On a plane with my teenaged kids for spring break last week, I thought of one of the many times I breastfed in public on a similar airplane.
Long ago – the kids were a lot smaller — but I remember it like yesterday.
I was traveling alone with my three children, all under age five. As I was nursing the baby to keep her quiet while the flight took off, a woman across the aisle from me lost her mind. She loudly called me “one of those breastfeeding Nazis” simply for feeding my child in public. She herself looked to be about eight months pregnant.
Now, I knew Crazy Pregnant Lady’s insecurities about becoming a mom were what drove her vitriol. Nonetheless, her attack brought me to tears when I was literally exposed in public, at a moment when I most keenly needed the support of the so-called village. You know, in our wonderful country that worships baseball, apple pie, and motherhood?
That was 17 years ago. Little has changed about our village’s disapproval of feeding babies in public. But fortunately, breastfeeding advocates are getting more vocal about the need to feed without harassment in public spaces. Thankfully, most of us have moved beyond tears into outrage.
Because ridiculous incidents still happen.
On a recent United flight from Houston to Vancouver, a United Airlines employee brusquely asked a mom to “cover up” while nursing her infant. The mom, Kristen Hilderman, says the male flight attendant asked her husband to “help her out” by covering the baby with a blanket while she nursed. Another, also male, passenger a few rows back yelled “Because you’re breastfeeding…That is so offensive.” When Hilderman got up from her seat later, the flight attendant left her another blanket, just to make his point clear.
Or consider another mother in the supposedly women-friendly Oklahoma City YWCA. She was asked, by a YWCA employee, to leave the women’s locker room because she was feeding her baby there. Local breastfeeding supporters staged a public protest in response, and the YWCA apologized.
In both of these cases, the moms – and others – didn’t back down. They kept feeding their babies, and they protested the no-feeding policies. To bring more widespread public support, we need more of this pointed, but entirely reasonable, advocacy.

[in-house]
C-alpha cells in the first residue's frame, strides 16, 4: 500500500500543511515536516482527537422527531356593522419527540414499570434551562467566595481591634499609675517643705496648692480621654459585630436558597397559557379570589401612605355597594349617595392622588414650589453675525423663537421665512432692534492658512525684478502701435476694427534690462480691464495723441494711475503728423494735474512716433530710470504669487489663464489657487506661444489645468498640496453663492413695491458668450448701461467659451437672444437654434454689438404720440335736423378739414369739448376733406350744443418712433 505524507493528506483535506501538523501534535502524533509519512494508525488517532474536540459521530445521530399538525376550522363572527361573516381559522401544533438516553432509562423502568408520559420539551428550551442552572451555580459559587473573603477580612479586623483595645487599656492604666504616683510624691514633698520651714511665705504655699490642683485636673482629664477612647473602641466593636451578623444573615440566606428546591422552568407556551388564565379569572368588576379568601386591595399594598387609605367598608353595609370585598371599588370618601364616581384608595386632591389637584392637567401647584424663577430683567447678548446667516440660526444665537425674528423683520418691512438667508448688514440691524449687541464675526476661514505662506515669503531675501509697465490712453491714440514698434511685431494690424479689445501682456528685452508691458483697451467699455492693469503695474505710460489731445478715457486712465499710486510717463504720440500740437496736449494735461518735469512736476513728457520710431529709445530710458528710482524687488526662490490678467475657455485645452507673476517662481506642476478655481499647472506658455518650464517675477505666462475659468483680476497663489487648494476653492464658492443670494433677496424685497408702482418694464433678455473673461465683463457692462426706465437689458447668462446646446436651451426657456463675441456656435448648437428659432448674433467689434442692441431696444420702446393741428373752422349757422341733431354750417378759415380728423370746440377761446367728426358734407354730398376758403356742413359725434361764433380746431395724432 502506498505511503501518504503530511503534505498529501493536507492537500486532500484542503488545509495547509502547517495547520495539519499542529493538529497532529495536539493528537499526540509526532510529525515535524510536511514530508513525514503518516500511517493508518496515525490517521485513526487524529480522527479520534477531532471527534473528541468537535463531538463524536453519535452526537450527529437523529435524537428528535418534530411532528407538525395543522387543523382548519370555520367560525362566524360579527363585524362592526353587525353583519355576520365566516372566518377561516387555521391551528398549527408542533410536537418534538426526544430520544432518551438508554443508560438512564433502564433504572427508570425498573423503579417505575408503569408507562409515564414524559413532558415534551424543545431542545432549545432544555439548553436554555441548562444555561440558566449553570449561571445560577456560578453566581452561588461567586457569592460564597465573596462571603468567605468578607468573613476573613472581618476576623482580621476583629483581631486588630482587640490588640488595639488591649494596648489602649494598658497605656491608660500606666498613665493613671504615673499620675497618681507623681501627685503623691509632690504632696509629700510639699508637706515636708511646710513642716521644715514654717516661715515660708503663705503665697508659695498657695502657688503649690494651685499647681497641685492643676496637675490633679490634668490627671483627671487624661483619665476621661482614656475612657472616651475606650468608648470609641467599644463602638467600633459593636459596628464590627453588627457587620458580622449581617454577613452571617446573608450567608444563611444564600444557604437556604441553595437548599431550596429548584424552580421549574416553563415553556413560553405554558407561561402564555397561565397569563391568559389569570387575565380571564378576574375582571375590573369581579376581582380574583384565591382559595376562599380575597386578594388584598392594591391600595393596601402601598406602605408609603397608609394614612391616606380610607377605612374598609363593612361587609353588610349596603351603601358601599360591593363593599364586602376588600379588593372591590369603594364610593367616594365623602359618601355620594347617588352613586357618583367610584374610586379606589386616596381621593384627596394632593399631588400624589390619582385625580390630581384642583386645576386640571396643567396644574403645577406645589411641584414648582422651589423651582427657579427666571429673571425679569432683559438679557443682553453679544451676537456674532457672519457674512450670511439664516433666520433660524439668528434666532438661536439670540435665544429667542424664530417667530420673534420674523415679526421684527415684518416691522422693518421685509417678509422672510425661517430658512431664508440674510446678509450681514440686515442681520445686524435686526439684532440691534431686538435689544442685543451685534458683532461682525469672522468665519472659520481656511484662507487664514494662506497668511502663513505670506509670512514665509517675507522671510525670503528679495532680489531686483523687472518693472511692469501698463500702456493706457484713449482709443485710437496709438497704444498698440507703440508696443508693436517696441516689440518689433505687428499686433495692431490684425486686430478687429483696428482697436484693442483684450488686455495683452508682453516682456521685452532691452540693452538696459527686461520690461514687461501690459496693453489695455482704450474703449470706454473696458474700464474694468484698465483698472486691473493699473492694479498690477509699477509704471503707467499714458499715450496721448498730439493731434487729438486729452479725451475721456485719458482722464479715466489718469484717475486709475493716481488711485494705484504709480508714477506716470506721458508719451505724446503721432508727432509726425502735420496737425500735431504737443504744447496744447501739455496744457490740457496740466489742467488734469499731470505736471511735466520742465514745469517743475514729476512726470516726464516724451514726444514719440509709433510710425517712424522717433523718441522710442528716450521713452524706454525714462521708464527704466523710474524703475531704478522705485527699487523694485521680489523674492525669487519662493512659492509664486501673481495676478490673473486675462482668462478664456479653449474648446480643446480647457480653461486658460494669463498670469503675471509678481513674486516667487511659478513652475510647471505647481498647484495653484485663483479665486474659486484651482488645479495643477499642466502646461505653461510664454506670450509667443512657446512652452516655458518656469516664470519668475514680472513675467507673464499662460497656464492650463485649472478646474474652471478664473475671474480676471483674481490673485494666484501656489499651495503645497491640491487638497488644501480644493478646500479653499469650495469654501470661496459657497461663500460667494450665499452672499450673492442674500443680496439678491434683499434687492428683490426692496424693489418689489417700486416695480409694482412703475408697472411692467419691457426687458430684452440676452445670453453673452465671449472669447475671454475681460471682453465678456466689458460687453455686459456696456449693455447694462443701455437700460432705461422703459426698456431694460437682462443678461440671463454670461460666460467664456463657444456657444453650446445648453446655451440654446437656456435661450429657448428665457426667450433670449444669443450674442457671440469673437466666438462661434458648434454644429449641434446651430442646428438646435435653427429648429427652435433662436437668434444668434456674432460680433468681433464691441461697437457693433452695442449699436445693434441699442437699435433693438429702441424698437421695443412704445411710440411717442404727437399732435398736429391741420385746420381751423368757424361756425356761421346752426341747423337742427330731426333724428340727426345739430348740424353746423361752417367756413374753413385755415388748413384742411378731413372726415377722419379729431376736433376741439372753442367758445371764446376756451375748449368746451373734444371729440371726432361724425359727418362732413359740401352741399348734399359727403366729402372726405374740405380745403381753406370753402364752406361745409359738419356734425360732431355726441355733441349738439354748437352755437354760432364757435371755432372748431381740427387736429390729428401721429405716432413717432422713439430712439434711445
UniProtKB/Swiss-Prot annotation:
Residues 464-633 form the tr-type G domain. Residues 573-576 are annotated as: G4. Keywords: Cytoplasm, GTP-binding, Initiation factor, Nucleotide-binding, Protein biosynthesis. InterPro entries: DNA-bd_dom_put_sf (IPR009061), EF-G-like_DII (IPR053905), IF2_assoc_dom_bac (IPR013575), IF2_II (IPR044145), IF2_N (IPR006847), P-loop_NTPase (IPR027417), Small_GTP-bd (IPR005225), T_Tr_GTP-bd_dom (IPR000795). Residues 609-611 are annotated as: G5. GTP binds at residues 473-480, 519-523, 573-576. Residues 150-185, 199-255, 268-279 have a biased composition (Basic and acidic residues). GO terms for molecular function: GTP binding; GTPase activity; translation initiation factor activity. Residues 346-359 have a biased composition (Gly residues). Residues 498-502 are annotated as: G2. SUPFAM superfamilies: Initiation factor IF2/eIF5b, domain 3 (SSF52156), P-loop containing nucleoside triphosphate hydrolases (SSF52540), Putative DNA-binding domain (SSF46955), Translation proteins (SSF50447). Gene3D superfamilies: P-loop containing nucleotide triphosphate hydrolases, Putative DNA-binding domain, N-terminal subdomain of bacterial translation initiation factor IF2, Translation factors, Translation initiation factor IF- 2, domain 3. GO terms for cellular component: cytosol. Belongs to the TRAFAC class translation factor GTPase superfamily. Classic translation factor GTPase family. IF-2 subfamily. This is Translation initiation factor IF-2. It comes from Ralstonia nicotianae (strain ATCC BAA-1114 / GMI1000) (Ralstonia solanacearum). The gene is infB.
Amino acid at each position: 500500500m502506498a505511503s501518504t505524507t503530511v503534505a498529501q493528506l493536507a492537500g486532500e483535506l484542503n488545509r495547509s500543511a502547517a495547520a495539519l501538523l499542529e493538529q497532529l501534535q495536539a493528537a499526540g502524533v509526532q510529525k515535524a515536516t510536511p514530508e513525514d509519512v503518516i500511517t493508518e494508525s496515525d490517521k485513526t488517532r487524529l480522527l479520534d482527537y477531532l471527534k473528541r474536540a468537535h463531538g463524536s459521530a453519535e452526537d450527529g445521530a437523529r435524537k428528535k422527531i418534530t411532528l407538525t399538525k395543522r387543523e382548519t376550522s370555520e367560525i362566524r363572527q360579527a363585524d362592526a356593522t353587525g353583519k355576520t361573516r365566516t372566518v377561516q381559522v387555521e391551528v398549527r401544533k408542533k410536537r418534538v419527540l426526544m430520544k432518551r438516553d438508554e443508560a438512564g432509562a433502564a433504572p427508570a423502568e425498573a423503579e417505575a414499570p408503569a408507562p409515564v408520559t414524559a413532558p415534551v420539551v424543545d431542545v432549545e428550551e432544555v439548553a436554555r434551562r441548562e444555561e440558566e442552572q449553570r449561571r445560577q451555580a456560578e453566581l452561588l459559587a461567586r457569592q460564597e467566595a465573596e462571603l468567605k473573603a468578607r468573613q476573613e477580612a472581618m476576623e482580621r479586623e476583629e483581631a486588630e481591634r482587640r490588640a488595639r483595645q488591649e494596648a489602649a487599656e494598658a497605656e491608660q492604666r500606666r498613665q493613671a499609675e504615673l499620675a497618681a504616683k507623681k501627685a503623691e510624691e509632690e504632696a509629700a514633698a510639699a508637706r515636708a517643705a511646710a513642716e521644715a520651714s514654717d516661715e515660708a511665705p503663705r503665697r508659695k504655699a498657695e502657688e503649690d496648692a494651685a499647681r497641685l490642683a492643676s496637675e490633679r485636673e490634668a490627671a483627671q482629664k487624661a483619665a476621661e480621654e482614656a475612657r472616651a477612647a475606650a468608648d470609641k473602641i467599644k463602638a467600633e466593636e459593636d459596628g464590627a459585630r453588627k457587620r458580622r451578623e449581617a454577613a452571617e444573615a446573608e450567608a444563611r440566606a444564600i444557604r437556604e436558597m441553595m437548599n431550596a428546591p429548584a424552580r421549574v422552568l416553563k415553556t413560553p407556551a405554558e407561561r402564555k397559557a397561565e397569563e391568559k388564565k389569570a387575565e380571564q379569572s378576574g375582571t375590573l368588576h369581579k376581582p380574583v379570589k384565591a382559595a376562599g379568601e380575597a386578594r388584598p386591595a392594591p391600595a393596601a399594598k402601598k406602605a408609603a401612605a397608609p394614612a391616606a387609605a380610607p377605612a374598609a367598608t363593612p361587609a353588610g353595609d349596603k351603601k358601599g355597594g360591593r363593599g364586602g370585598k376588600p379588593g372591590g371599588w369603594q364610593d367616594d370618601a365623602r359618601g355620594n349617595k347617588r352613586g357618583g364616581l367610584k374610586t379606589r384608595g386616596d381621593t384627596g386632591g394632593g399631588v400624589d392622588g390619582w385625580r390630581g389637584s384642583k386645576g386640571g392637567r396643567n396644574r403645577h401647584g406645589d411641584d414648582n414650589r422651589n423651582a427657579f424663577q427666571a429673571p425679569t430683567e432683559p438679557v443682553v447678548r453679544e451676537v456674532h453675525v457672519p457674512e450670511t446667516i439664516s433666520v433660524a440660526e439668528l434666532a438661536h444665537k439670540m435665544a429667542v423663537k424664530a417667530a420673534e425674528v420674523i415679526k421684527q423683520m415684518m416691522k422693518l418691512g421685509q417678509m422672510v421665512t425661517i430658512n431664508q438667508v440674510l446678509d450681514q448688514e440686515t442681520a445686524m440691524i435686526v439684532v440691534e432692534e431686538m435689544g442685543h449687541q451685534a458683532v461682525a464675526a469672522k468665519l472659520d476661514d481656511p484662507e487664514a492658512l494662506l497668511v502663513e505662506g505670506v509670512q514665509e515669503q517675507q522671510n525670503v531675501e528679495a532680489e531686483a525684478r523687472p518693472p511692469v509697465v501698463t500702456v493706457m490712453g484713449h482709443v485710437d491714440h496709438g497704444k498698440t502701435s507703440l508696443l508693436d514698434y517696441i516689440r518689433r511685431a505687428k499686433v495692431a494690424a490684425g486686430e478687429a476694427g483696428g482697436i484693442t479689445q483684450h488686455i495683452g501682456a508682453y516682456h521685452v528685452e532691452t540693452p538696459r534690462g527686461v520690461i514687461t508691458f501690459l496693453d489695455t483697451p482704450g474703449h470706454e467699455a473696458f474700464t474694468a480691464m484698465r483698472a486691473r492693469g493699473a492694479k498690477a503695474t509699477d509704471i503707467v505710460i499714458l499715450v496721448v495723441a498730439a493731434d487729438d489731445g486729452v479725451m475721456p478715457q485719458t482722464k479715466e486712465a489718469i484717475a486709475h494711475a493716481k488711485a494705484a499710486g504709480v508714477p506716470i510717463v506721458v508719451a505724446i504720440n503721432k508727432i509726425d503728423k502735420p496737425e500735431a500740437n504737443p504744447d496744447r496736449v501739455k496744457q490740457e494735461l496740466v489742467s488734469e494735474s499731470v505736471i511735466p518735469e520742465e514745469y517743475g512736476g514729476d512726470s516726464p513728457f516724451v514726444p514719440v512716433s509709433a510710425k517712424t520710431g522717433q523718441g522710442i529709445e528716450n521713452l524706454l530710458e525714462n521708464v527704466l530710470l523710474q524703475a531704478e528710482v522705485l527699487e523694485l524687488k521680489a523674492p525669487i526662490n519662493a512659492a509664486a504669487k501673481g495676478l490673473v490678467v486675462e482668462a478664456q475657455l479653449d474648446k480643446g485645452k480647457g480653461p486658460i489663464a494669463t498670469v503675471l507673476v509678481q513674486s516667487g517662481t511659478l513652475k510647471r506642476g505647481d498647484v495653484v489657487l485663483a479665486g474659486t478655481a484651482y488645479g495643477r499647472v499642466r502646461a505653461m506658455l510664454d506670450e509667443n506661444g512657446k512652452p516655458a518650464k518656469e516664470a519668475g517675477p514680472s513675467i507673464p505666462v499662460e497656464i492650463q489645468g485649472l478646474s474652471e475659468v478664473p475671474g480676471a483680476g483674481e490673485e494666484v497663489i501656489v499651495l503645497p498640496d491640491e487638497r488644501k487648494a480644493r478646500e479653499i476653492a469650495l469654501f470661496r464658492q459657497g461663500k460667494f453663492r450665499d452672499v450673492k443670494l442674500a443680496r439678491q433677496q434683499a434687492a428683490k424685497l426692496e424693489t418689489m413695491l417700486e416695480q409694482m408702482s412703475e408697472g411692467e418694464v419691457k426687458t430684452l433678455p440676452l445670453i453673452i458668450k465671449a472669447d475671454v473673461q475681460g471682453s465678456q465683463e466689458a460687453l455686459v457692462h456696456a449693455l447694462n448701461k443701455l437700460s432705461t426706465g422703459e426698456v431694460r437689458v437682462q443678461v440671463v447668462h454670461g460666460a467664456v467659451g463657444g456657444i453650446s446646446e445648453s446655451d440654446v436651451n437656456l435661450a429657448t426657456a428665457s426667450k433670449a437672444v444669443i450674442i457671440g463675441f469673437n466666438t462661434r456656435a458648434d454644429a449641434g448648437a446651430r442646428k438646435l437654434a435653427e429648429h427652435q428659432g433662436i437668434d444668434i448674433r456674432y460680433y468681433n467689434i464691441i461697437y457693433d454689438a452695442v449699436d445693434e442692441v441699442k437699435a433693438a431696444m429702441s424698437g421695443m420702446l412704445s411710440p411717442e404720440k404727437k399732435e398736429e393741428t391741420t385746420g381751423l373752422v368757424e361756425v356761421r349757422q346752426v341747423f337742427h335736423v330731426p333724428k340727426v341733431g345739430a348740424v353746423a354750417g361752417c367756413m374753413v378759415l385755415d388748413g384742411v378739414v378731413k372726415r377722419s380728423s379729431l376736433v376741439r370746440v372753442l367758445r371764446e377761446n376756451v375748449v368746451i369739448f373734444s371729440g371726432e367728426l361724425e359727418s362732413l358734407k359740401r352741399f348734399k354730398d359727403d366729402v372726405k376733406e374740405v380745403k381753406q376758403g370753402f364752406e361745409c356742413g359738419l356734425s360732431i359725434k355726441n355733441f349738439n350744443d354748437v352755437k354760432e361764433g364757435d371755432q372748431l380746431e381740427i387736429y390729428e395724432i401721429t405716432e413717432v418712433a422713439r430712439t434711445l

Now that the weather is warmer, and lots of moms and babies want to be outside, we are going to see more breasts and more feeding babies in public. So let’s all get ready to put on our big girl pants, and fight back for the right to feed our children in ways that put their needs, not squeamish bystanders, first.
A recent Scary Mommy blog about breastfeeding in public serves as a handy protest Bible.
Here are five key points from me, and Scary Mommy contributor Annie Reneu, to fortify the feeding-in-public stance:
1) Start calling nursing “feeding a baby.” Not “breastfeeding.” The focus should be on meeting the baby’s needs in a natural way with proven medical and developmental benefits. Not on our breasts.
2) Raise public awareness of the reality that it’s hard, and unnatural, to cover up and feed a baby at the same time. Feeding a baby with your boob is tricky at times, especially for new moms. It’s harder when you can’t see what you are doing. Some babies hate being covered. Some babies pull the cover off. Some get hot and sweaty and have trouble breathing when covered. Plus, eye contact between mom and baby are a key benefit of nursing. In fact, the location of the breast is designed to put mom and baby in close visual contact.
3) Location, location, location. Bathrooms, closets, and even some designated indoor nursing areas where anti-nursing advocates suggest we feed our babies are gross. Some require you to sit on the floor (yuck) or on the toilet (double yuck). This is unhygienic, uncomfortable, and insulting.
4) The underlying, unifying logic: there’s nothing inappropriate about feeding a baby. If you don’t want to see a woman feed her baby in public, don’t look. Don’t make a nursing mom or her child feel ashamed. Don’t exile her to the bathroom or another place. Don’t make feeding a baby harder than it already is. Just don’t look.
5) No more tears. This is my final suggestion as a mom who’s been there. I wish I had given the people who criticized my feeding my babies a piece of my mind, instead of crying quietly and hoping they’d go away. They had no right to embarrass me for the normal, natural way I chose to feed my babies, and anger would have been a more appropriate, empowering response than tears.